It's good that you are getting testing. Better safe than sorry since you do have symptoms of the disease.  You symptoms are pretty mild but that happens in some, and the symptoms often get worse as the disease progresses. When I was in my mid 20's, I was running 3-15 miles per day, lifting weights, and working full time, and my symptoms were some stomach aches, constipation, some headaches, and occasionally my first bouts with arthritis.  I had normal blood and nutrient levels.  15 years later, my blood and nutrient levels were still fine, I had migraines and stomach aches, but the worst is that my arthritis progressed to the point were I can't run or lift with any consistency anymore... I wish I had been tested and treated decades earlier, so I'm glad you are getting checked.

 

Make sure they run the full celiac panel.  These tests are not 100% sensitive for celiac disease, and miss about 20% of celiacs. This is the panel:

tTG IgA and tTG IgG

DGP IgA and DGP IgG

EMA IgA - tends to detect more advanced damage

total serum IgA - a control test

AGA IgA and AGA IgG - older and less reliable tests

 

Make sure you continue to eat gluten (1-2 slices of bread per day or the equivalent for 8-12 weeks prior to testing) if testing is not complete.  

 

Let us know your test results. Good luck!


In Topic: New Here

11 July 2014 - 07:49 PM

....or just checking with an employee at customer service to see if there's anything like that in your grocery store.

That is such good and simple advice! I wish I had thought of it!!  I need a head smacking smiley here...


In Topic: Should I Get Tested?

11 July 2014 - 07:47 PM

Welcome to the board.

 

IBS is just a group of symptoms and not really a diagnosis of anything (in my opinion).  There are many around here who had IBS symptoms which did resolve with the gluten-free diet.  Her symptoms are pretty common celiac and non-celiac gluten intolerance (NCGI)  symptoms, and if she is not 100% gluten-free, those symptoms will continue to reappear.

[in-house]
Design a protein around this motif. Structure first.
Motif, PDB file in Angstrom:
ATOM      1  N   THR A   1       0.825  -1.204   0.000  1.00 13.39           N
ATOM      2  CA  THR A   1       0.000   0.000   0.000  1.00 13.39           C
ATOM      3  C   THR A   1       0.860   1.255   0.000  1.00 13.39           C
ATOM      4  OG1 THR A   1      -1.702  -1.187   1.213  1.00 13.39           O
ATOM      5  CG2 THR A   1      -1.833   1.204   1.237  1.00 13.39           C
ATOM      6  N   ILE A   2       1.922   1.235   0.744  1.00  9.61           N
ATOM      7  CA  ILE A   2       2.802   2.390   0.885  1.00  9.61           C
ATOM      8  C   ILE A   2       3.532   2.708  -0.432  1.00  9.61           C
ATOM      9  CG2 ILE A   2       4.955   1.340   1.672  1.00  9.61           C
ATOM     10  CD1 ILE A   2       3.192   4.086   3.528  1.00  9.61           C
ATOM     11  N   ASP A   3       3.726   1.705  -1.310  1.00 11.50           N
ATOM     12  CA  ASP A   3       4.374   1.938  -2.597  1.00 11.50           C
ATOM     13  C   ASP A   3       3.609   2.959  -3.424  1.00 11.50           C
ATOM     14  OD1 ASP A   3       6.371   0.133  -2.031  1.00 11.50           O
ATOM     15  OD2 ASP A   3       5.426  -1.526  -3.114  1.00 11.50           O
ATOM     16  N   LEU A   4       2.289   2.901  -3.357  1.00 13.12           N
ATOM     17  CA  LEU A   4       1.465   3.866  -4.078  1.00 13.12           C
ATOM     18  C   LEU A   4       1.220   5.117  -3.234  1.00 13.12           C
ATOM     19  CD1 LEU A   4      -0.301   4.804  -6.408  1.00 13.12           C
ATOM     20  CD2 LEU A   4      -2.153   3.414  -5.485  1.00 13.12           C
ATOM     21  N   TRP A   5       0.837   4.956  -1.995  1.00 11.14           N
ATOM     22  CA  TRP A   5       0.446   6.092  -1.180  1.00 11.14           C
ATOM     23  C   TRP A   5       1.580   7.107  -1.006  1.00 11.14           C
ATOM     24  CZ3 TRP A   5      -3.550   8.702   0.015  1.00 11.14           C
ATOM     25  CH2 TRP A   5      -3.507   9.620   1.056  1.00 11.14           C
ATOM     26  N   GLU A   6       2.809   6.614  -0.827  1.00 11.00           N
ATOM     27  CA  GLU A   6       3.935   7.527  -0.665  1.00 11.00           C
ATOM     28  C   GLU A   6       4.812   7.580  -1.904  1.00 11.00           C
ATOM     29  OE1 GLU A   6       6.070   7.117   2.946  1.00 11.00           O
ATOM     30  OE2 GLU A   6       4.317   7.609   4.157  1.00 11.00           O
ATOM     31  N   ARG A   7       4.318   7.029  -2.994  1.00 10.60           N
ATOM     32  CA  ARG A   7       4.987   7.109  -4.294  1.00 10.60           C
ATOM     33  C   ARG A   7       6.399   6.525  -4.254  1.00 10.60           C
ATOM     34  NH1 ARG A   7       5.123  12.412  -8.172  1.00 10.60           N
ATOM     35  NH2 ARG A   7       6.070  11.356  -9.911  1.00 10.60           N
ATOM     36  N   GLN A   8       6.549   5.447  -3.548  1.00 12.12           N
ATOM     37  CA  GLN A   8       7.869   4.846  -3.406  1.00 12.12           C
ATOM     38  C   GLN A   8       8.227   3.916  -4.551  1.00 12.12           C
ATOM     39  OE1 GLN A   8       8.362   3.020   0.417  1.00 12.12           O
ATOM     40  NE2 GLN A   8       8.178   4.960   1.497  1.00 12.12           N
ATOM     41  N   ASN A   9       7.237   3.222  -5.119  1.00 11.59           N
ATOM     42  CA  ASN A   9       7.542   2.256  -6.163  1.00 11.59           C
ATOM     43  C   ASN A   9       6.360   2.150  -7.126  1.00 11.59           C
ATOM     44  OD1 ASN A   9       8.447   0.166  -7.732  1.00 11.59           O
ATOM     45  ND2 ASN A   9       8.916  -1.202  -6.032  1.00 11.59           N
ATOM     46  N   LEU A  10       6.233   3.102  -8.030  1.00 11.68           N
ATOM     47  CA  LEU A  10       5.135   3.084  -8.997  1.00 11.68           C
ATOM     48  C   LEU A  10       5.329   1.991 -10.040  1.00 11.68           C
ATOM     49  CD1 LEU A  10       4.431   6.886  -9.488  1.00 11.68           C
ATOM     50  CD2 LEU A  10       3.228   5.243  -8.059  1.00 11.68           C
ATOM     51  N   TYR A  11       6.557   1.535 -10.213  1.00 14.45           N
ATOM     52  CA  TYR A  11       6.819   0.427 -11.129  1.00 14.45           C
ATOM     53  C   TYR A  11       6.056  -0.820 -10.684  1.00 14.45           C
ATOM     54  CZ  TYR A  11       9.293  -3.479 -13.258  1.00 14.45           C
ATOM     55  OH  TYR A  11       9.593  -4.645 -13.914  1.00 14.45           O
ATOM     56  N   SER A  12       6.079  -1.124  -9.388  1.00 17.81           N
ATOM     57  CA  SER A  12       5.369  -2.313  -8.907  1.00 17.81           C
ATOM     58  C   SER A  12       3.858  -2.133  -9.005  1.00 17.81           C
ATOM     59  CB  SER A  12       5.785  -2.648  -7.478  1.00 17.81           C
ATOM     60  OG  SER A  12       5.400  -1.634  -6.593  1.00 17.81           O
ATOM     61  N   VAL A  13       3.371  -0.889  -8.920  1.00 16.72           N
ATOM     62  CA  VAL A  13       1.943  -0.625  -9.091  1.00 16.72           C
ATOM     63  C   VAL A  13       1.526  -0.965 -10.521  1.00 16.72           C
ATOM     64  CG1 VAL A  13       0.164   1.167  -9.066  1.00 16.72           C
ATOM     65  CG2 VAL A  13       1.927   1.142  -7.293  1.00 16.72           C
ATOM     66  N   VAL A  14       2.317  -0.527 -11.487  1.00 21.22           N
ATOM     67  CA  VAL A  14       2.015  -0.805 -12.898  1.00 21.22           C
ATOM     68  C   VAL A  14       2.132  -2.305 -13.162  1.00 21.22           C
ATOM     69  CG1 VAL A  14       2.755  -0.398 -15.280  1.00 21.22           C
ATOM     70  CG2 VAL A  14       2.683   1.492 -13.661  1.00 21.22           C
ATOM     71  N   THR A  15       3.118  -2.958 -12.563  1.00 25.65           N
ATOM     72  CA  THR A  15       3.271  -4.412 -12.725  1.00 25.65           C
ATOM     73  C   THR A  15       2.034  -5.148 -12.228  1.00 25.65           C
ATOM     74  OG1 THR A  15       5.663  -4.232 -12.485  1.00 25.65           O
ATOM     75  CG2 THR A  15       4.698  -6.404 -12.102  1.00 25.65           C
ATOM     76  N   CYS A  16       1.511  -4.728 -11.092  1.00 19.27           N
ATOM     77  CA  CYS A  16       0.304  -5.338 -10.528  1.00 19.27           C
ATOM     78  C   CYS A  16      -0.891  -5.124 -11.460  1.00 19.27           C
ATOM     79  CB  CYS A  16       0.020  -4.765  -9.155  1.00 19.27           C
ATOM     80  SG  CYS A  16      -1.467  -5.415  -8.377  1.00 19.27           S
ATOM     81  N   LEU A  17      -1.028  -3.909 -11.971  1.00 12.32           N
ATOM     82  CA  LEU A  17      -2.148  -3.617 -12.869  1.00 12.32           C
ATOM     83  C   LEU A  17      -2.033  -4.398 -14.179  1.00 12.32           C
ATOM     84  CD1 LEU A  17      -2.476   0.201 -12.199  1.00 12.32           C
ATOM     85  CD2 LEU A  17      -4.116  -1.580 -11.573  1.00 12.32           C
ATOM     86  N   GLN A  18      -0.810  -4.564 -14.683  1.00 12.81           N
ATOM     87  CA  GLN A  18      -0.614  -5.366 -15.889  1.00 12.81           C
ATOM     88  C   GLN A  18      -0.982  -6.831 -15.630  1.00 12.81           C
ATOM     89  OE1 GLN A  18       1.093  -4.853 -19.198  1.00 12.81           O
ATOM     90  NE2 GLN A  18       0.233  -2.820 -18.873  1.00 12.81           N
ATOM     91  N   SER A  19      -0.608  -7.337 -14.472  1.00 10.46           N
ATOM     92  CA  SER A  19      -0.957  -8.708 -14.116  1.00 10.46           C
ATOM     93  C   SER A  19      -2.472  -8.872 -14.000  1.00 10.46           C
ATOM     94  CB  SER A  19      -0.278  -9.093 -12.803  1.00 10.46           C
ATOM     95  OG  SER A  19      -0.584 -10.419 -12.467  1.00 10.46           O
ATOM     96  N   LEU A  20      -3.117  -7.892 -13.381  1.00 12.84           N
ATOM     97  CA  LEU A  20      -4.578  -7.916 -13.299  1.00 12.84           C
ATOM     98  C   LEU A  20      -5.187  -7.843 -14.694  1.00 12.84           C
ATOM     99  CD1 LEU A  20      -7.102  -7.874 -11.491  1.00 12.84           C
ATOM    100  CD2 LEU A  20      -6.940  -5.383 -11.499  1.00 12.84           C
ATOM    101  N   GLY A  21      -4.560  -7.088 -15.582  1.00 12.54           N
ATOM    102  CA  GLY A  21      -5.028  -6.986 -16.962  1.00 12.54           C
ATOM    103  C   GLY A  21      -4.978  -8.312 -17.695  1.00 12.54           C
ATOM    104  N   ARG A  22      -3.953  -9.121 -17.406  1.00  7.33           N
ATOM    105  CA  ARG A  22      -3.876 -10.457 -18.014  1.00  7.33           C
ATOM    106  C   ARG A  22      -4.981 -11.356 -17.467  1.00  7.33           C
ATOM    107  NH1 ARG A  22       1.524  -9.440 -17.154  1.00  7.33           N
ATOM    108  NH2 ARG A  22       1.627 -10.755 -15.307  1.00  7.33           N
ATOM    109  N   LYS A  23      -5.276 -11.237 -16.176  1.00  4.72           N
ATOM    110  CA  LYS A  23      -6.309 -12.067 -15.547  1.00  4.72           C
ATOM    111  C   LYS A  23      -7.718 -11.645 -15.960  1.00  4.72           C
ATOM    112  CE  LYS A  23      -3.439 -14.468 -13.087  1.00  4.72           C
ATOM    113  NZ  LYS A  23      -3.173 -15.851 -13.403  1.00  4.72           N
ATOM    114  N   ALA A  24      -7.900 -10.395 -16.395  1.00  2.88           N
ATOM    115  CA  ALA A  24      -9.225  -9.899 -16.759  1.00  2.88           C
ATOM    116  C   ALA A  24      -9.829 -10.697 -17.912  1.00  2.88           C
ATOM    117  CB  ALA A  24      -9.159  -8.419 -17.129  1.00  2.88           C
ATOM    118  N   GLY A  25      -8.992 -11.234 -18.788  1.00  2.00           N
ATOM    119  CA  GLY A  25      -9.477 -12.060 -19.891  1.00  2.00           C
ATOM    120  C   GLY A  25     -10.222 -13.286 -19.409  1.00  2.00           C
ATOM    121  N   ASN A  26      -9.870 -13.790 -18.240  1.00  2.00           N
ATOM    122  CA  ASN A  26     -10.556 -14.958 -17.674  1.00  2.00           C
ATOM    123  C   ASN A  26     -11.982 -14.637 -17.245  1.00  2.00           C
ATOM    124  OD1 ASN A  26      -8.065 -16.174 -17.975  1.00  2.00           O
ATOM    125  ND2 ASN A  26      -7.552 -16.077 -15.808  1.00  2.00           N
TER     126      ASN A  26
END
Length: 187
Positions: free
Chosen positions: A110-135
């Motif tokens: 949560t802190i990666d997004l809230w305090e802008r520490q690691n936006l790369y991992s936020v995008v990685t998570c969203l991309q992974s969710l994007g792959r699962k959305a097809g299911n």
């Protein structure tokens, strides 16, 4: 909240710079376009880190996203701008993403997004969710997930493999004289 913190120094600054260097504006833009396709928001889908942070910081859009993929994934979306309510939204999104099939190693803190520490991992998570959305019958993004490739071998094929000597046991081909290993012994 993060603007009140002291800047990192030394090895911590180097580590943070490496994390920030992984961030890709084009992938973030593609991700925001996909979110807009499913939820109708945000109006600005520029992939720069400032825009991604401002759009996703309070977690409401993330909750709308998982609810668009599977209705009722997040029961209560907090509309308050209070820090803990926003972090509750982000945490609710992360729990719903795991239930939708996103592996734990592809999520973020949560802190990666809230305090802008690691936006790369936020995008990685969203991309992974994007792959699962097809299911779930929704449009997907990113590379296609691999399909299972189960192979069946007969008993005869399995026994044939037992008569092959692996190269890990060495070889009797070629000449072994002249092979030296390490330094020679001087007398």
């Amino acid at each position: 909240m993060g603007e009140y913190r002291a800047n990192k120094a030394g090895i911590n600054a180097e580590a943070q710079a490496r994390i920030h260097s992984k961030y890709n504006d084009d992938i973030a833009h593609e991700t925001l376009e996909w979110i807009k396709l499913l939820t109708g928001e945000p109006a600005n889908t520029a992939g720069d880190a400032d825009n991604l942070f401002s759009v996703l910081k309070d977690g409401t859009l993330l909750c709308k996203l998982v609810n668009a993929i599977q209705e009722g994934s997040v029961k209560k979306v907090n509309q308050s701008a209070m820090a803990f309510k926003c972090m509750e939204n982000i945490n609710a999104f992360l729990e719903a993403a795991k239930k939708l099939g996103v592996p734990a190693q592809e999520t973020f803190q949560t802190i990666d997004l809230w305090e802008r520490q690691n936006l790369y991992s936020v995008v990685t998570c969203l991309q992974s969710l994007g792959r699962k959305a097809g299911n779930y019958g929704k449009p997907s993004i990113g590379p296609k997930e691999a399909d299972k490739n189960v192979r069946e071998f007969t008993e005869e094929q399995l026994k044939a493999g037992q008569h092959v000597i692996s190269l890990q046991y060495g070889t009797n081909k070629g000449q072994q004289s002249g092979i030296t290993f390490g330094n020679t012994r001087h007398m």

Because she is gluten-free already, teating for celiac disease could be difficult. Celiac tests are not accurate if you are gluten-free so she'll need to under go a gluten challenge of 1-2 slices of bread per day (or equivalent) in the 8-12 weeks prior to the blood tests.  When a celiac is gluten-free, those tests will eventually return to normal but in order to be diagnosed, she will unfortunately have to make herself sick for a few months. 

 

These are the blood tests to ask for. The more she gets done, the more accurate it will be.

  • tTG IgA and tTG IgG (anti-tissue transglutaminase) - the most common tests
  • DGP IgG and DGP IgA (deaminated gliadin peptide) - a newer test good for detecting early celiac disease
  • EMA IgA (anti-endomysial antibodies) - tends to detect more advanced damage, very similar to the tTG IgA
  • total serum IgA - control test
  • AGA IgA and AGA IgG (anti-gliadin antibodies) - older and less reliable tests

The endoscopic biopsy only requires a 2-4 week gluten challenge. Make sure at least 6 samples are taken.

 

Keep in mind that if her tests are positive, she'll be back to a gluten-free diet again, she'll just need to be more careful about it.  She can't make slip-ups.

 

If her test is negative, but she has issues with gluten, then she will still need to stay gluten-free without slip-ups... In the end I think it will come down to tightening up her diet some (if gluten is an issue for her).

 

Good luck with whatever she decides to do. Let us know how it goes.  :)